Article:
Did you make a New Year’s resolution to run a marathon? Or do you just want to last longer when you go out for a jog?
Running is one of the simplest and most effective workouts you can do. Here’s how you can build up your stamina, whether you’re just starting or you’ve been running consistently for years.
1. Develop Proper Running Technique
Yes, there is a correct way to run. While running is a fairly natural movement, you may have bad habits that are holding you back. The main things to focus on when you run are to maintain good posture and keep your feet underneath you. Good posture involves staying tall and straight, with the chest up and a slight lean forward. For your feet, make sure you aren’t overextending yourself while trying to lengthen your stride. Your stride is the result of your legs pushing off the ground, not your legs reaching forward.
2. Use Gradual Adaptation
It’s a mistake you see often, especially with people who are new at running – too much, too soon. Don’t push yourself too hard. The human body is meant to slowly but surely adapt to what you make it do. It’s hard to jump from running 1 mile to running 5 miles, but it’s easier to push yourself to 1 ½ miles, and then 2, and then 3, and so on.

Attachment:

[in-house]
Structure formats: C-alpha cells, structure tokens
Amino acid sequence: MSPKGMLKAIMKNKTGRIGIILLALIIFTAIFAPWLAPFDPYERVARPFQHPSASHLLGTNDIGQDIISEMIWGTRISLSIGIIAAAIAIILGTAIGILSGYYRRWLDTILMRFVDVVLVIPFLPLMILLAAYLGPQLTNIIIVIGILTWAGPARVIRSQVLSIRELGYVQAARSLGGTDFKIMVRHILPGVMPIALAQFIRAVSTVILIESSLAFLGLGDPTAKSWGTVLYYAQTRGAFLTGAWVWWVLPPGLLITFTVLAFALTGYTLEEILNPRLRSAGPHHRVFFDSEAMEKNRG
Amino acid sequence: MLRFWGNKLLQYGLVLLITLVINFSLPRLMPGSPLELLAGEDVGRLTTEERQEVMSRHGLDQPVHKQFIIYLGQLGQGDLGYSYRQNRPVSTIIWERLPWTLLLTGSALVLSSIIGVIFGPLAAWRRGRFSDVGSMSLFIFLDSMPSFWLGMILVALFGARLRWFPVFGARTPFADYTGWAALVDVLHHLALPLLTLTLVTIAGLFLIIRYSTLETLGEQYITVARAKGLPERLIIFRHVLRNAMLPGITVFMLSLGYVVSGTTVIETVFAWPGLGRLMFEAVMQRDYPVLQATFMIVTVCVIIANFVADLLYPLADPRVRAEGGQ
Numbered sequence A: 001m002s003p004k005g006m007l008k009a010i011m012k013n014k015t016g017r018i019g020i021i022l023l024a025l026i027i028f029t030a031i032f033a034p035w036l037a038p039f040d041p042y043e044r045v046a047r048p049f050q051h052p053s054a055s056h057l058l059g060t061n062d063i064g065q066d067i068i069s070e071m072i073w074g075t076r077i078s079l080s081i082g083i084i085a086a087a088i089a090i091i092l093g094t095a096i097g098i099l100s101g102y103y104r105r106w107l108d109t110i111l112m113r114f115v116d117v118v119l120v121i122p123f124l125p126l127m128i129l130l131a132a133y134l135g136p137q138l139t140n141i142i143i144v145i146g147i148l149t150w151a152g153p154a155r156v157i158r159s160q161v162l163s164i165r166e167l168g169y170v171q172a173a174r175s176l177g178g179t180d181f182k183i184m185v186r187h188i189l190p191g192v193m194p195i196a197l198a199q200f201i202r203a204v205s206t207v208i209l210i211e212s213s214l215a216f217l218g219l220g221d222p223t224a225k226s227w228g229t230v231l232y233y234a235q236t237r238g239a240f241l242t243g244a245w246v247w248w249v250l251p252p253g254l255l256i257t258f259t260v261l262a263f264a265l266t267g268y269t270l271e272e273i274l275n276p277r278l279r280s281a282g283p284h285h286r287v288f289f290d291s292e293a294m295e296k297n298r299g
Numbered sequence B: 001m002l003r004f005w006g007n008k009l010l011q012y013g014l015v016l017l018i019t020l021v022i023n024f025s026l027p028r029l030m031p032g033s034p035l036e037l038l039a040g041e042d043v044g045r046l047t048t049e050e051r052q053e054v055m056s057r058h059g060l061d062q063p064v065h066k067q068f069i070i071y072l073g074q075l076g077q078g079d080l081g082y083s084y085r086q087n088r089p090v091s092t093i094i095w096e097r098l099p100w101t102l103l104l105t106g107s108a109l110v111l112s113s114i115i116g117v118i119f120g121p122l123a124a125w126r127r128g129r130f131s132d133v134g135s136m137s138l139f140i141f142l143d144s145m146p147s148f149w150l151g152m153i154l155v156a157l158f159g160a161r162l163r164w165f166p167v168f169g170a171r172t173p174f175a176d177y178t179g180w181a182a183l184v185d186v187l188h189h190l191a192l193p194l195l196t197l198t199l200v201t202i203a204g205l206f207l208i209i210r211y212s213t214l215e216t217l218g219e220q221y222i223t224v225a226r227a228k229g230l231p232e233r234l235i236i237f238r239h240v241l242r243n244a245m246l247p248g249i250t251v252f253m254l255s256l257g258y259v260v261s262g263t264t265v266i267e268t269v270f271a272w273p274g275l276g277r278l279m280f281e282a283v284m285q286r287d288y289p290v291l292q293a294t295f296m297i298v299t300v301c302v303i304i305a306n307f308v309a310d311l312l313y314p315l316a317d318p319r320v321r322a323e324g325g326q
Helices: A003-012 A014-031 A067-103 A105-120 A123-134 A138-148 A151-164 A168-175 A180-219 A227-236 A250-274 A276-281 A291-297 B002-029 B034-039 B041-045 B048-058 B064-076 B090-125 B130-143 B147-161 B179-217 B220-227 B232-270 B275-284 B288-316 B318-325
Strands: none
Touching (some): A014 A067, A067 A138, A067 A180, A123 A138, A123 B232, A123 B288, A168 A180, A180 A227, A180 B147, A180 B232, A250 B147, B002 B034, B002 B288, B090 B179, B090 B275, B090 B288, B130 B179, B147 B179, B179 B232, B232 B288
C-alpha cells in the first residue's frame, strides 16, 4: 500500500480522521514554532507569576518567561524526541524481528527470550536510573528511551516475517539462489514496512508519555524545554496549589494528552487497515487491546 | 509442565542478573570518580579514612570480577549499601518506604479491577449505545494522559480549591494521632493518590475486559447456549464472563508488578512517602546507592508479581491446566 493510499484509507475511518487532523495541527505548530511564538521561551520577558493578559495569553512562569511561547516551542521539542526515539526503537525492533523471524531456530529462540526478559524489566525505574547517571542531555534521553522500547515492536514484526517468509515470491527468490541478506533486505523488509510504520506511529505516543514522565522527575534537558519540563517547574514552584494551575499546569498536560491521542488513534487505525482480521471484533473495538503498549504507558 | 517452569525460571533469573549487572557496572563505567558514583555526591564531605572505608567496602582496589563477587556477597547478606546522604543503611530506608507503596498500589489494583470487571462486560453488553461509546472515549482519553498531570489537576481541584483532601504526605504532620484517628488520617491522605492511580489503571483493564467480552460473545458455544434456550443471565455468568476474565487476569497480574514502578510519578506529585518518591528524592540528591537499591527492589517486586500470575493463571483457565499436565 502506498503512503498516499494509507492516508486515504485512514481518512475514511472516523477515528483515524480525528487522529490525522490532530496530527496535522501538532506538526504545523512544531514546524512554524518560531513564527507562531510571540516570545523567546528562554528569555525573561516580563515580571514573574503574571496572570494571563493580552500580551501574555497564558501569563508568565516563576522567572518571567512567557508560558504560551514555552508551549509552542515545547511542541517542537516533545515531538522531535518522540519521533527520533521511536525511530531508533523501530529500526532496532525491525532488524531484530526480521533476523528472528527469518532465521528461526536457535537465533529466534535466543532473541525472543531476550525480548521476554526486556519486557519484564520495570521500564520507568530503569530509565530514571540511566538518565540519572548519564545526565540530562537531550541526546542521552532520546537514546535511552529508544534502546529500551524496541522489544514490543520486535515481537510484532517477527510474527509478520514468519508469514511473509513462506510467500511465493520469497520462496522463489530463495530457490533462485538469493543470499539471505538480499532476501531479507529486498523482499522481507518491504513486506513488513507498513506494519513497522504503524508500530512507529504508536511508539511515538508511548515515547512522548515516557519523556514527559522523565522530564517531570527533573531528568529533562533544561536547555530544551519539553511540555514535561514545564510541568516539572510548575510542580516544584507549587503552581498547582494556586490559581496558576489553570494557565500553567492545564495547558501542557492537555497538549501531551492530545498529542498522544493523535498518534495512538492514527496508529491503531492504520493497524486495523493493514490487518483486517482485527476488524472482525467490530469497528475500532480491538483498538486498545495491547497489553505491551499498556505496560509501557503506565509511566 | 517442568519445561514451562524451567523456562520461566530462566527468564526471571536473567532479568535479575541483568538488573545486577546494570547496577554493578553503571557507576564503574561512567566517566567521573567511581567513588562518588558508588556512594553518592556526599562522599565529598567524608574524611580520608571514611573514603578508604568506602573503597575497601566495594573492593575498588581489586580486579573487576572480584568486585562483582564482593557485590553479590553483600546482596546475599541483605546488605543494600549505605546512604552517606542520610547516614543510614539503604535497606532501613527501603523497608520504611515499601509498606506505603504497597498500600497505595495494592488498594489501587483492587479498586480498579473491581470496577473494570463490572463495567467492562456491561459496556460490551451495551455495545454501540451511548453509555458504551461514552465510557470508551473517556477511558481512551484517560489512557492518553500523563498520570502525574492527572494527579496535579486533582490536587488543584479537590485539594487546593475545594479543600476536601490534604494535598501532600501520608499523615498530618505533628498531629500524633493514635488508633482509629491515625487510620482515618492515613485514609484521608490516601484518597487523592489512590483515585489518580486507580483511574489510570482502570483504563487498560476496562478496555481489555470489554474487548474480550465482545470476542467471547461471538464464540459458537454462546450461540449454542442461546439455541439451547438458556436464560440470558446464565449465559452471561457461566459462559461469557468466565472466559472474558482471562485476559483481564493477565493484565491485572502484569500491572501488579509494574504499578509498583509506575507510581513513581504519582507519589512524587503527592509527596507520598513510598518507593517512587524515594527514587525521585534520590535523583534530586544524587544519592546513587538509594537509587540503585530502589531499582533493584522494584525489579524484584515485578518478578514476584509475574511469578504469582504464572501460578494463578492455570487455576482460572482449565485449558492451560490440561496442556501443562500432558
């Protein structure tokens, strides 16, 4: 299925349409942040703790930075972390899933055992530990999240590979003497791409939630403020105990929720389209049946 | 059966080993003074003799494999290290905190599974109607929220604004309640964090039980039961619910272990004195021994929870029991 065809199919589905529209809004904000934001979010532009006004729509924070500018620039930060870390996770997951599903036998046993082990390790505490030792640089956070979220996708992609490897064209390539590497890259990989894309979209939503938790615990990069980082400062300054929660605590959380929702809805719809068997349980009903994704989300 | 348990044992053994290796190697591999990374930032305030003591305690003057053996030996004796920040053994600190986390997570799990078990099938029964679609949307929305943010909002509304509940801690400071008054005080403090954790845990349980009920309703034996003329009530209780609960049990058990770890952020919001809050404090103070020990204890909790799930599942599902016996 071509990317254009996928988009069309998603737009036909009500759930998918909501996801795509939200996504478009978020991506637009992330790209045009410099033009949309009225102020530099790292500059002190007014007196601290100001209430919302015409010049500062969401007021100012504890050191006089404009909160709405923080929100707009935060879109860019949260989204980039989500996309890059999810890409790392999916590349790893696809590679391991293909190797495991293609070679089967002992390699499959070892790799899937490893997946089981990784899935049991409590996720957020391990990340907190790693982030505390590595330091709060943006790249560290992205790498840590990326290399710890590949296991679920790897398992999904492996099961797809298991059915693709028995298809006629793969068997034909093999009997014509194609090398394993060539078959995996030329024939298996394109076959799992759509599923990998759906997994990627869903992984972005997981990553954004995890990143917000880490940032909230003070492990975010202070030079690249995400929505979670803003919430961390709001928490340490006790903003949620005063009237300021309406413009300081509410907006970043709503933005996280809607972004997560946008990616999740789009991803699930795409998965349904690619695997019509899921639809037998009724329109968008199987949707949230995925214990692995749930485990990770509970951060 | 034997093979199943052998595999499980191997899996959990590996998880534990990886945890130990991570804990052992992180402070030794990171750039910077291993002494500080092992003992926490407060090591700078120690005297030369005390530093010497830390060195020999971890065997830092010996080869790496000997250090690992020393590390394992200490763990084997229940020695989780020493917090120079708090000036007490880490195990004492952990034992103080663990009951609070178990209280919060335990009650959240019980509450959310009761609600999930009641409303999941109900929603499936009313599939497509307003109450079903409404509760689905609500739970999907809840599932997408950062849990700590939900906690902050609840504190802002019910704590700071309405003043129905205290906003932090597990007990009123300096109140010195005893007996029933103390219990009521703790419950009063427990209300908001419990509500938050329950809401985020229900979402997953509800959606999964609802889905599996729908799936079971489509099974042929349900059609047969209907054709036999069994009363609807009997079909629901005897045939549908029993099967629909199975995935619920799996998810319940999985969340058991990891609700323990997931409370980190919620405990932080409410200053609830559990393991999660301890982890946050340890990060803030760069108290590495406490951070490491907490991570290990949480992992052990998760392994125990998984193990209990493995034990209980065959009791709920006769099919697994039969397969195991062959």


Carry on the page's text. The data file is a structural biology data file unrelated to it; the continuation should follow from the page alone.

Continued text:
3. Clean Up Your Diet
To perform at your best, you need to provide your body with the best food possible. Avoid or at least limit foods and beverages that impair athletic performance, including junk food and alcohol. Make sure your diet has plenty of lean protein sources, fruits, and vegetables. Don’t forget to drink your water either – at least 2 liters per day, but 1 gallon is better, especially if you’re running frequently.
4. Set a Running Schedule
Creating a schedule helps you stay consistent with your running and track your results. Switch up your routine by running different distances and intensity levels. Try a long, low-intensity jog one day, and medium to high-intensity interval training another day. Make sure you also schedule the occasional rest day to avoid aches, pains, and injuries.
5. Use Your Head
Don’t discount how important your mind is when it comes to athletic performance. Your central nervous system is often the first thing to quit on you when exercising gets tough. Train yourself to push past your mental breaking point when you run, as you’re capable of much more than you realize. One great way to push yourself is by coming up with a mantra that you repeat to yourself when you start feeling tired.